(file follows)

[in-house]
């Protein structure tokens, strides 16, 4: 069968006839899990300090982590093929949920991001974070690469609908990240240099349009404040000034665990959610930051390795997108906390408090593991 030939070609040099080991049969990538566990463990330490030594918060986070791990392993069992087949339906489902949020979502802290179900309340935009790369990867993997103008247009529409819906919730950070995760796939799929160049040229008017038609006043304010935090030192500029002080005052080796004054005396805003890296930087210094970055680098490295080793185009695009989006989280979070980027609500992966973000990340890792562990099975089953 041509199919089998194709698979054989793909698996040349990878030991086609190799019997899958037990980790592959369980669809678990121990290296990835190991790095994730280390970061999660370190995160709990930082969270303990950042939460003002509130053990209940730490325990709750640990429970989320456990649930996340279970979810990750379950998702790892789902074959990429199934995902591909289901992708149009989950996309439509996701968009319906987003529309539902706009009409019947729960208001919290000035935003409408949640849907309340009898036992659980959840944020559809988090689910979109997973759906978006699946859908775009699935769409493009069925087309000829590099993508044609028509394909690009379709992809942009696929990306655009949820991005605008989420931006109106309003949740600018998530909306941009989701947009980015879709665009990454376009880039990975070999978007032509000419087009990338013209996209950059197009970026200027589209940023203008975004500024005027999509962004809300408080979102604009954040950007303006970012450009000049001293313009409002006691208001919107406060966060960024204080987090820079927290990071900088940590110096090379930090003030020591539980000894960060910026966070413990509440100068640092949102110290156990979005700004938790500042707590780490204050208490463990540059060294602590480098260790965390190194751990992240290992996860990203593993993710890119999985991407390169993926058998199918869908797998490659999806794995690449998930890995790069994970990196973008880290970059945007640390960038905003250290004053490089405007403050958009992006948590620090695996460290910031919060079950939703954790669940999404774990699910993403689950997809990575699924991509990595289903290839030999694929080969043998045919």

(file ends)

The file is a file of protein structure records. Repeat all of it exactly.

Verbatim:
[in-house]
């Protein structure tokens, strides 16, 4: 069968006839899990300090982590093929949920991001974070690469609908990240240099349009404040000034665990959610930051390795997108906390408090593991 030939070609040099080991049969990538566990463990330490030594918060986070791990392993069992087949339906489902949020979502802290179900309340935009790369990867993997103008247009529409819906919730950070995760796939799929160049040229008017038609006043304010935090030192500029002080005052080796004054005396805003890296930087210094970055680098490295080793185009695009989006989280979070980027609500992966973000990340890792562990099975089953 041509199919089998194709698979054989793909698996040349990878030991086609190799019997899958037990980790592959369980669809678990121990290296990835190991790095994730280390970061999660370190995160709990930082969270303990950042939460003002509130053990209940730490325990709750640990429970989320456990649930996340279970979810990750379950998702790892789902074959990429199934995902591909289901992708149009989950996309439509996701968009319906987003529309539902706009009409019947729960208001919290000035935003409408949640849907309340009898036992659980959840944020559809988090689910979109997973759906978006699946859908775009699935769409493009069925087309000829590099993508044609028509394909690009379709992809942009696929990306655009949820991005605008989420931006109106309003949740600018998530909306941009989701947009980015879709665009990454376009880039990975070999978007032509000419087009990338013209996209950059197009970026200027589209940023203008975004500024005027999509962004809300408080979102604009954040950007303006970012450009000049001293313009409002006691208001919107406060966060960024204080987090820079927290990071900088940590110096090379930090003030020591539980000894960060910026966070413990509440100068640092949102110290156990979005700004938790500042707590780490204050208490463990540059060294602590480098260790965390190194751990992240290992996860990203593993993710890119999985991407390169993926058998199918869908797998490659999806794995690449998930890995790069994970990196973008880290970059945007640390960038905003250290004053490089405007403050958009992006948590620090695996460290910031919060079950939703954790669940999404774990699910993403689950997809990575699924991509990595289903290839030999694929080969043998045919």